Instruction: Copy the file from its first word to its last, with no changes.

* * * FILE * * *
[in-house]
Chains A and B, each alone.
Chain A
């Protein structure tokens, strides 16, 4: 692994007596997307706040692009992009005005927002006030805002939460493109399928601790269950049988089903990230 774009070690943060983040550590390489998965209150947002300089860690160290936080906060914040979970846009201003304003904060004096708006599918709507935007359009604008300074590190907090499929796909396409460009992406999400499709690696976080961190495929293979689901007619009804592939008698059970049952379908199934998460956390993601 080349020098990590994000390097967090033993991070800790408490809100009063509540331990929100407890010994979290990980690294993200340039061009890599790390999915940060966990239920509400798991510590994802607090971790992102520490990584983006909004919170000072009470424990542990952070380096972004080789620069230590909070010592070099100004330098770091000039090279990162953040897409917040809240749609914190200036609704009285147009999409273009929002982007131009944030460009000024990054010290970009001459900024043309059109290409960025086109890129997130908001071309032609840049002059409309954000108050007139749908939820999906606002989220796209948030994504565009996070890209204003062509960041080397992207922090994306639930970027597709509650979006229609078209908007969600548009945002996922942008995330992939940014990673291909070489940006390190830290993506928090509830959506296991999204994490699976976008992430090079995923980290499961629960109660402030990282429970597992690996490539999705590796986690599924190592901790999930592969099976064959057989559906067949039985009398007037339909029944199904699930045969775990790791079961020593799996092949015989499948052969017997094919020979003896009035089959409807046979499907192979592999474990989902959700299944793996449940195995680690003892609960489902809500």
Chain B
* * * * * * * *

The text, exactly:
[in-house]
Chains A and B, each alone.
Chain A
């Protein structure tokens, strides 16, 4: 692994007596997307706040692009992009005005927002006030805002939460493109399928601790269950049988089903990230 774009070690943060983040550590390489998965209150947002300089860690160290936080906060914040979970846009201003304003904060004096708006599918709507935007359009604008300074590190907090499929796909396409460009992406999400499709690696976080961190495929293979689901007619009804592939008698059970049952379908199934998460956390993601 080349020098990590994000390097967090033993991070800790408490809100009063509540331990929100407890010994979290990980690294993200340039061009890599790390999915940060966990239920509400798991510590994802607090971790992102520490990584983006909004919170000072009470424990542990952070380096972004080789620069230590909070010592070099100004330098770091000039090279990162953040897409917040809240749609914190200036609704009285147009999409273009929002982007131009944030460009000024990054010290970009001459900024043309059109290409960025086109890129997130908001071309032609840049002059409309954000108050007139749908939820999906606002989220796209948030994504565009996070890209204003062509960041080397992207922090994306639930970027597709509650979006229609078209908007969600548009945002996922942008995330992939940014990673291909070489940006390190830290993506928090509830959506296991999204994490699976976008992430090079995923980290499961629960109660402030990282429970597992690996490539999705590796986690599924190592901790999930592969099976064959057989559906067949039985009398007037339909029944199904699930045969775990790791079961020593799996092949015989499948052969017997094919020979003896009035089959409807046979499907192979592999474990989902959700299944793996449940195995680690003892609960489902809500």
Chain B